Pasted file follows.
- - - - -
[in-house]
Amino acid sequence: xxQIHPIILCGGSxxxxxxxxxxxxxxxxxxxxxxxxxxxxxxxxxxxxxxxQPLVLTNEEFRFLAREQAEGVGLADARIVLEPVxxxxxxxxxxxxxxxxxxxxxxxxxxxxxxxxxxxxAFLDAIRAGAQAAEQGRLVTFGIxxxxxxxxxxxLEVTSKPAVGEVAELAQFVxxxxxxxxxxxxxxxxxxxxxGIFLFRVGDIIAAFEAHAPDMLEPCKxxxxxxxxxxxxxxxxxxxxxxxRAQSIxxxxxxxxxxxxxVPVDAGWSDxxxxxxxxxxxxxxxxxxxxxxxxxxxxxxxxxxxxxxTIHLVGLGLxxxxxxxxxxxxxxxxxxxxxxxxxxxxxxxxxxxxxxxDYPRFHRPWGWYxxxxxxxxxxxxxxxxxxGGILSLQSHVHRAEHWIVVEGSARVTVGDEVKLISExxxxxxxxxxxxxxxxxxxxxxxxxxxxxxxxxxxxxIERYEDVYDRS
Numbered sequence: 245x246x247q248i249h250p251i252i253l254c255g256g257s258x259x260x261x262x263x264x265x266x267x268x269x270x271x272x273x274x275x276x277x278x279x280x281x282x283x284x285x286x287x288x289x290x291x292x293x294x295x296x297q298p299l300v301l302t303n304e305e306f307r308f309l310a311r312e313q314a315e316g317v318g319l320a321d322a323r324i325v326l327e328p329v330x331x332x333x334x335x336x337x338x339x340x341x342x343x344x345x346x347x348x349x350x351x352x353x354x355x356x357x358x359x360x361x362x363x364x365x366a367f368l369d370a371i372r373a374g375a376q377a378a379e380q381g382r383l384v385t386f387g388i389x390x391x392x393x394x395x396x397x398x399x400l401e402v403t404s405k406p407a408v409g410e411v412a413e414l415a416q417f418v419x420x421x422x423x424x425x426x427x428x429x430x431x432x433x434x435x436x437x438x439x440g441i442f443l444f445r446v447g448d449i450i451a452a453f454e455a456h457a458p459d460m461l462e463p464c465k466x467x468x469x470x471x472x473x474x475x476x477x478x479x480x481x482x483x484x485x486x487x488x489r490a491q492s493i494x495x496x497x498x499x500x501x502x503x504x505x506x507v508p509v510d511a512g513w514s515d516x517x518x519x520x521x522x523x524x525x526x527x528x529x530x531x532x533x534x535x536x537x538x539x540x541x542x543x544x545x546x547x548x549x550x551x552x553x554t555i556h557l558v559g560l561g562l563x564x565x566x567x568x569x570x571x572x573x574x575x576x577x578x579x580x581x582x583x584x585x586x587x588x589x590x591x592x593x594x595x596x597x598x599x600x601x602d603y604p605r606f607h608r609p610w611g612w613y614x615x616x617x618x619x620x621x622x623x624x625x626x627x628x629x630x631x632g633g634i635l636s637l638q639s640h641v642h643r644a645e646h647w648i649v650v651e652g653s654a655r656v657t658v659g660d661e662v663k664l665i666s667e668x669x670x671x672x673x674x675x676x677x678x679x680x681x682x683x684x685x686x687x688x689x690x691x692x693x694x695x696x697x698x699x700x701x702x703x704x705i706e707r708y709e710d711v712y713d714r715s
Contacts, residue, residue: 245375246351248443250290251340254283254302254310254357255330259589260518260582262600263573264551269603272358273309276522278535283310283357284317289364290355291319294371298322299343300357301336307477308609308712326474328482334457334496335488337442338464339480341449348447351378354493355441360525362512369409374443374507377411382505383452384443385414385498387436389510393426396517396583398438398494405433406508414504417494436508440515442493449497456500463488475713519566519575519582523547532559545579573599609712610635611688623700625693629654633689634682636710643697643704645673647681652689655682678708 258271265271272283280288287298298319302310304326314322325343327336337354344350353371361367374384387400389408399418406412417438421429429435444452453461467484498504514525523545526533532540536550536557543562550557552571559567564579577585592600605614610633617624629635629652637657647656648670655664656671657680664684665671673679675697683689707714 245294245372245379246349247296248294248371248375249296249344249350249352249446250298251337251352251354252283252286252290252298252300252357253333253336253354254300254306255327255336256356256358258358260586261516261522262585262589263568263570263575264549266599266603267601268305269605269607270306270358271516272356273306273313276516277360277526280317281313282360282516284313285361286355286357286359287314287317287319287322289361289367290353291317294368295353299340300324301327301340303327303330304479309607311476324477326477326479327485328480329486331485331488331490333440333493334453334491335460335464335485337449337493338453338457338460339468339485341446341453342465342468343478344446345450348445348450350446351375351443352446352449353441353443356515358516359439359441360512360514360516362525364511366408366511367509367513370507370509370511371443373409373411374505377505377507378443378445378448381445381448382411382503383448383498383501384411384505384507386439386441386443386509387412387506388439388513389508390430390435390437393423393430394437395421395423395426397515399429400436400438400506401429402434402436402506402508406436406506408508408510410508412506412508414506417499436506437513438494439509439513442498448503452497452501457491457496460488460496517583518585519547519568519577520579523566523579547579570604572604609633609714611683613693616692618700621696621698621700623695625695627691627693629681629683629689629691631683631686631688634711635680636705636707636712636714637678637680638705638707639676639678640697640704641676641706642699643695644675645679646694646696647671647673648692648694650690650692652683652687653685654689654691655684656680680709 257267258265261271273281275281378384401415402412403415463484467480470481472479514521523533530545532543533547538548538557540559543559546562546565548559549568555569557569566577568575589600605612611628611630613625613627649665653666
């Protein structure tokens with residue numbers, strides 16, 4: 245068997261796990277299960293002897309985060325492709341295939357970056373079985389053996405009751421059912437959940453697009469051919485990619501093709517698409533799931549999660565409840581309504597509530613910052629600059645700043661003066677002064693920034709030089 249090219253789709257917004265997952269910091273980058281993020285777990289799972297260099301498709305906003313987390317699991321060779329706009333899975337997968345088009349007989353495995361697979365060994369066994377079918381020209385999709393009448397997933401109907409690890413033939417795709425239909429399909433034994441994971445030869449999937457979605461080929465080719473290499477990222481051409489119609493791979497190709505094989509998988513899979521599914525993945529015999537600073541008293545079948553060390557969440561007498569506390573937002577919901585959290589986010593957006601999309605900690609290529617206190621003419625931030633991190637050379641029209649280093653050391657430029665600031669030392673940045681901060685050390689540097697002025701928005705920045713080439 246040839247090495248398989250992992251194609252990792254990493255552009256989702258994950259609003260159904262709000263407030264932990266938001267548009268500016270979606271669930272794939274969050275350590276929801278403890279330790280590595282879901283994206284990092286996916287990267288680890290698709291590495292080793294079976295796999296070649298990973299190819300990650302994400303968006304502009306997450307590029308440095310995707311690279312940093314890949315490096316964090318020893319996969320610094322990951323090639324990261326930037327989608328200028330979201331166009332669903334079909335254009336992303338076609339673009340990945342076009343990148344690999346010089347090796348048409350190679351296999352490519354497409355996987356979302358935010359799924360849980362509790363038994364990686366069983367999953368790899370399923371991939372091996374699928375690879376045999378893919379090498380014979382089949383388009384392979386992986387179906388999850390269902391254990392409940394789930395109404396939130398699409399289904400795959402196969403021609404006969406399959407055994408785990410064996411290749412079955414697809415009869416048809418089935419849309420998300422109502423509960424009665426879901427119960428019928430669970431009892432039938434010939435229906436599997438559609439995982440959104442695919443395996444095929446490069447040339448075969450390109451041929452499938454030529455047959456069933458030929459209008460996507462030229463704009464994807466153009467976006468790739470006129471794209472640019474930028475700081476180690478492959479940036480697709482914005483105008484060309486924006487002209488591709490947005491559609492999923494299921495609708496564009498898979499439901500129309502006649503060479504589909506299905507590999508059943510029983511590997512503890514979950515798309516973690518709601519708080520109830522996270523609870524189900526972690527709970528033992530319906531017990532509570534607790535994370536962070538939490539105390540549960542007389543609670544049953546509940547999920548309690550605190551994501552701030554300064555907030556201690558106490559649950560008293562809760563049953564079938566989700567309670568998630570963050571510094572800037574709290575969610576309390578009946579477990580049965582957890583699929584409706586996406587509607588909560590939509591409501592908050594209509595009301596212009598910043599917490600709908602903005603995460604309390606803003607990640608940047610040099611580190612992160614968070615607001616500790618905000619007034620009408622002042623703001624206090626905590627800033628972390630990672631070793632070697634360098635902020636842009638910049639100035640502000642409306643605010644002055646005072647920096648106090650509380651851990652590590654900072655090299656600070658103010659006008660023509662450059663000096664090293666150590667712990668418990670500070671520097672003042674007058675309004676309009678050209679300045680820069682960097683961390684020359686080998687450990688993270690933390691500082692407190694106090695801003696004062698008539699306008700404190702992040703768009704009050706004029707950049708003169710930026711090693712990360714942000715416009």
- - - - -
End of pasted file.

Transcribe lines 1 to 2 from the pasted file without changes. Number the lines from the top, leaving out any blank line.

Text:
[in-house]
Amino acid sequence: xxQIHPIILCGGSxxxxxxxxxxxxxxxxxxxxxxxxxxxxxxxxxxxxxxxQPLVLTNEEFRFLAREQAEGVGLADARIVLEPVxxxxxxxxxxxxxxxxxxxxxxxxxxxxxxxxxxxxAFLDAIRAGAQAAEQGRLVTFGIxxxxxxxxxxxLEVTSKPAVGEVAELAQFVxxxxxxxxxxxxxxxxxxxxxGIFLFRVGDIIAAFEAHAPDMLEPCKxxxxxxxxxxxxxxxxxxxxxxxRAQSIxxxxxxxxxxxxxVPVDAGWSDxxxxxxxxxxxxxxxxxxxxxxxxxxxxxxxxxxxxxxTIHLVGLGLxxxxxxxxxxxxxxxxxxxxxxxxxxxxxxxxxxxxxxxDYPRFHRPWGWYxxxxxxxxxxxxxxxxxxGGILSLQSHVHRAEHWIVVEGSARVTVGDEVKLISExxxxxxxxxxxxxxxxxxxxxxxxxxxxxxxxxxxxxIERYEDVYDRS